Phosphorus is stored in plant-based foods as phytic acid. When phytic acid binds to other minerals such as manganese, zinc or iron, the two form a compound known as a phytate. Because humans don't have the enzymes needed to break down phytates, as much as 50 percent of these minerals -- especially iron -- passes out of the body unabsorbed. Phytic acid can offer some health benefits, however -- a high intake may lower your risk of heart disease, diabetes, cancer and kidney stones. Knowing how to maximize the nutrition you receive from foods rich in phytic acid can help.
Variety of Nuts
Nuts are one of the richest natural sources of phytic acid. Almonds can contain up to 9.4 grams of phytic acid in every 100 grams, while walnuts may supply up to 6.7 grams and cashews almost 5 grams. Toasting nuts before eating them can increase the amount of minerals you absorb since heat inactivates phytic acid. Initially soaking the nuts can also decrease the phytic acid concentration, as can eating the nuts with a food that's high in vitamin C, such as strawberries or oranges.
Whole, Not Refined Grains
Whole grains contain a far higher concentration of phytic acid than refined grains since most of the phytic acid in cereal grains is found within the outer bran layer. Wheat bran contains up to 7.3 grams of phytates in 100 grams and rice bran 2.6 to 8.7 grams. Oats, barley and wild rice supply amounts ranging from 0.4 to 2.2 grams per 100 grams of the food. Presoak the grains to lower the phytic acid, or prepare them with a source of yeast, such as in bread.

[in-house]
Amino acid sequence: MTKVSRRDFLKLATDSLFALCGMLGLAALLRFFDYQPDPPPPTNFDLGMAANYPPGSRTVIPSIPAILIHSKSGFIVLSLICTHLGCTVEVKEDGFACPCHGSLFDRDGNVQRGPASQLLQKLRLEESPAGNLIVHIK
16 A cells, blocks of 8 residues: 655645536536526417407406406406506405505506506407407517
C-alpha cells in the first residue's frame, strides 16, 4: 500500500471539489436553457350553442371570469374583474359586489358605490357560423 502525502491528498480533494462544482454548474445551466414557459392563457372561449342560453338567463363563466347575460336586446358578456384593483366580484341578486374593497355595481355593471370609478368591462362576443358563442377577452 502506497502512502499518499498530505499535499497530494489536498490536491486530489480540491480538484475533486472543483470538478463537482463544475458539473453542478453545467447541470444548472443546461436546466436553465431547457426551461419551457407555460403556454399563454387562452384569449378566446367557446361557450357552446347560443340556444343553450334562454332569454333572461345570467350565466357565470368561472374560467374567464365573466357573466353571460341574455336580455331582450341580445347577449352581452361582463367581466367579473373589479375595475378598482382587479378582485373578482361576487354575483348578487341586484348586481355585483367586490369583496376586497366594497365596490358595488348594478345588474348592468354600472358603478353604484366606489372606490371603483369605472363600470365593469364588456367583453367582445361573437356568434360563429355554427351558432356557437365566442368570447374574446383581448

High Concentration in Seeds
Approximately 7 percent of the dry weight of seeds is contributed by phytic acid, says nutritionist Dr. Mike Roussell on the Shape website. Examples include sesame seeds, which have 1.4 to 5.4 grams of phytic acid in every 100 grams, linseed, flax seed, rape seed and sunflower seed kernels. Soybeans fall into this category because they are the seed of the soy plant. The beans themselves have 1 to 2.2 grams of phytic acid in 100 grams, while tofu has up to 3 grams of the compound. Soak, then dry-toast or roast the seeds as you would nuts.
All Types of Beans
Kidney, pinto, black and navy beans may contain as much as 2.4 grams of phytic acid in every 100 grams. Dry cowpeas can supply nearly 3 grams per 100 grams of the legumes, and broad beans may have between 0.51 and 1.7 grams. To get the biggest reduction in phytic acid per serving, nutrition author Amanda Rose recommends covering dried beans with warm water, then soaking them in a warm spot overnight before cooking. Consuming the beans with a small amount of meat, fish or poultry will also increase the amount of minerals you absorb from cooked beans.
- Precision Nutrition: All About Phytates (Phytic Acid)
- Linus Pauling Institute: Iron
- Molecular Nutrition & Food Research: Phytate in Foods and Significance for Humans - Food Sources, Intake, Processing, Bioavailability, Protective Role and Analysis
- Phytic Acid: Soaking Beans
- Shape: Ask the Diet Doctor - Should I Soak Nuts, Seeds and Grains?
- Journal of Food Science and Technology: Reduction of Phytic Acid and Enhancement of Bioavailable Micronutrients in Food Grains